Specialty Focus  
        Volume IX | Issue 20    
May 19, 2020        
Practice specific news, analysis and commentary for Florida's Medical Specialists
Everything we know about hydroxychloroquine, the drug Trump says he is taking to prevent Coronavirus
Jeffrey Martin reports for Newsweek:

Donald Trump has revealed he has started taking hydroxychloroquine, the anti-malarial drug he has repeatedly touted as a possible Coronavirus treatment despite concerns about potentially dangerous side-effects. The U.S. president said he had been taking the drug daily in pill form for around 10 days and had discussed it with the White House doctor before doing so. Mr. Trump said many front line workers were using hydroxychloroquine to prevent getting COVID-19, citing a letter he had received from a doctor talking up the possible benefits. 
Florida DOH COVID-19
View the latest outbreak data
How Pandemics End - A Brief History
Gina Kolata reports for the New York Times via MSN:

According to historians,
pandemics typically have two types of endings: the medical, which occurs when the incidence and death rates plummet, and the social, when the epidemic of fear about the disease wanes.

"When people ask, 'When will this end?,' they are asking about the social ending," said Dr. Jeremy Greene, a historian of medicine at Johns Hopkins.

In other words, an end can occur not because a disease has been vanquished but because people grow tired of panic mode and learn to live with a disease. Allan Brandt, a Harvard historian, said something similar was happening with COVID-19: "As we have seen in the debate about opening the economy, many questions about the so-called end are determined not by medical and public health data but by sociopolitical processes."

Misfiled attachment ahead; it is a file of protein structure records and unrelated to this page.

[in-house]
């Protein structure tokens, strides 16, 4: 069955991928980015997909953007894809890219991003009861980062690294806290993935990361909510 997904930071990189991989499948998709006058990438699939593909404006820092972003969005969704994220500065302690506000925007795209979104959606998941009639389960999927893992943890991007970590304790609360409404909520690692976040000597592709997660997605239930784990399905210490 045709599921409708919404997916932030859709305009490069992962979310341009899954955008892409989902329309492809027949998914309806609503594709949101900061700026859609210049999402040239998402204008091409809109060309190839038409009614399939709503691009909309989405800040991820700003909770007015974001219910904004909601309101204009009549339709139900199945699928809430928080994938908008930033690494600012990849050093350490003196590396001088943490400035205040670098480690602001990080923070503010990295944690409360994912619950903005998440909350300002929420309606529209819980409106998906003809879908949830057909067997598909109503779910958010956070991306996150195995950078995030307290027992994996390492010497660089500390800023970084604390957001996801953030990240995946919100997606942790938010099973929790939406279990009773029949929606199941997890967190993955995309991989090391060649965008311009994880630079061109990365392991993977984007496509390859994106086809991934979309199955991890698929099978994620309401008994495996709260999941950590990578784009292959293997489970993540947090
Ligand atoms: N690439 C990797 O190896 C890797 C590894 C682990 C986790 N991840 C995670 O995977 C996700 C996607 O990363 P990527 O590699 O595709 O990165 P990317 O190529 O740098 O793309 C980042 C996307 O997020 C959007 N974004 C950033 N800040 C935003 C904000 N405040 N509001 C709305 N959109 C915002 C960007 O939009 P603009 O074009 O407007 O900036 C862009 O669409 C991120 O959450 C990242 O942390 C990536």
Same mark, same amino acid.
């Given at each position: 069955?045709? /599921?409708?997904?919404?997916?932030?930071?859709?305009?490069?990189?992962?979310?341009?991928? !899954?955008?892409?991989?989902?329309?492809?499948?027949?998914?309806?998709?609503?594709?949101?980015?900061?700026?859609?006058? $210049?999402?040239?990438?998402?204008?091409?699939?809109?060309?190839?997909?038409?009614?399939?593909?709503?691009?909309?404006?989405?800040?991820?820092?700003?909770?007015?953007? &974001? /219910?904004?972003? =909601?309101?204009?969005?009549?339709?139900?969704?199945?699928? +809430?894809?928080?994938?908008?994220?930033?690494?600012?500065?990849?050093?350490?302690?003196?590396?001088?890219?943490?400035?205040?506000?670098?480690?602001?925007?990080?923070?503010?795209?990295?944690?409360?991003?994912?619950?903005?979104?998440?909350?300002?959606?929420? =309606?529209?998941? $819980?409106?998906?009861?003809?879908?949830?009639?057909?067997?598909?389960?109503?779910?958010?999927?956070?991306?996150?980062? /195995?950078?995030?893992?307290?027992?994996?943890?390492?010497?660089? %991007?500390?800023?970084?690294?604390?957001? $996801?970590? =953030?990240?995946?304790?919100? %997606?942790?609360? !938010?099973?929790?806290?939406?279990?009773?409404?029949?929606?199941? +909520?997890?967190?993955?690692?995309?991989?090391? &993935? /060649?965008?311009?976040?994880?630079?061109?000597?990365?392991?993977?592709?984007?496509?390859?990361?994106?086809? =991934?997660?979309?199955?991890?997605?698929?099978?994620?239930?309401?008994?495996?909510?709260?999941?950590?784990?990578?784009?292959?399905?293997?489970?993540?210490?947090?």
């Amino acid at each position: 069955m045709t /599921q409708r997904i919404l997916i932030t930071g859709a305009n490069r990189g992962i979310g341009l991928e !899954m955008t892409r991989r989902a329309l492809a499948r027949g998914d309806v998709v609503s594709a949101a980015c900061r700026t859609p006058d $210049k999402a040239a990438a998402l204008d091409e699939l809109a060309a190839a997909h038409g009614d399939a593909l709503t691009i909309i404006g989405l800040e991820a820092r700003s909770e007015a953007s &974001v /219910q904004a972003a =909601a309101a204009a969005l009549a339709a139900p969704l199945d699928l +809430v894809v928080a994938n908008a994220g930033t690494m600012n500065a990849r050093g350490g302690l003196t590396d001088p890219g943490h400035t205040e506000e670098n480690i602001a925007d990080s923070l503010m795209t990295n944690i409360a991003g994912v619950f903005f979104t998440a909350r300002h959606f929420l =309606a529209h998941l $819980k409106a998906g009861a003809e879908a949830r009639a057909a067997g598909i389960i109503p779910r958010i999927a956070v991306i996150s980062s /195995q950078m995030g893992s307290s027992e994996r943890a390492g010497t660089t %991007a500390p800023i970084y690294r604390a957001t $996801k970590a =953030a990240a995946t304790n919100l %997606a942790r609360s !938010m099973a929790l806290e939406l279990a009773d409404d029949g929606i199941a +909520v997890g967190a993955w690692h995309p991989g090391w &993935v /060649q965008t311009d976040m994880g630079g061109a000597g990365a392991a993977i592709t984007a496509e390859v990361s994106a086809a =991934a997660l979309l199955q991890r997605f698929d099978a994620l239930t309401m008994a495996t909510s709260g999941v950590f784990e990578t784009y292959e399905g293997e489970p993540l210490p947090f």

Doctors, Divorce and COVID-19
Brian M. Karpf
Young Berman Karpf & Gonzalez
Work and homelife can combine for fear and tension during these uncertain times. Such tensions can heighten marital discord (or worsen that which already existed). Unfortunately, increases in divorce seem imminent. How does one deal with the breakup of a marriage during COVID-19? Or, should you do a Prenuptial Agreement?

If children are involved, minimize the disruption to them. If you can no longer reside with your spouse, consider alternate living arrangements comfortable for both you and your kids. Consider the distance between homes. Or, consider "birdnesting," where children remain in the marital home and the parents alternate moving out (with each having their own home or sharing one since there is little to no overlap). Of course, sharing a home with your soon-to-be ex-spouse requires trust. Regardless, the benefit now is not needing such a large second residence, and not requiring a long-term commitment. However, birdnesting usually only works (if at all) in the short term. Consider the various child timesharing scenarios and how they match your work schedule.

Financial planning is also key. What obligations will exist during and after divorce? Will you be paying alimony? Speak with your financial advisor or CPA and have them run cash flow scenarios.
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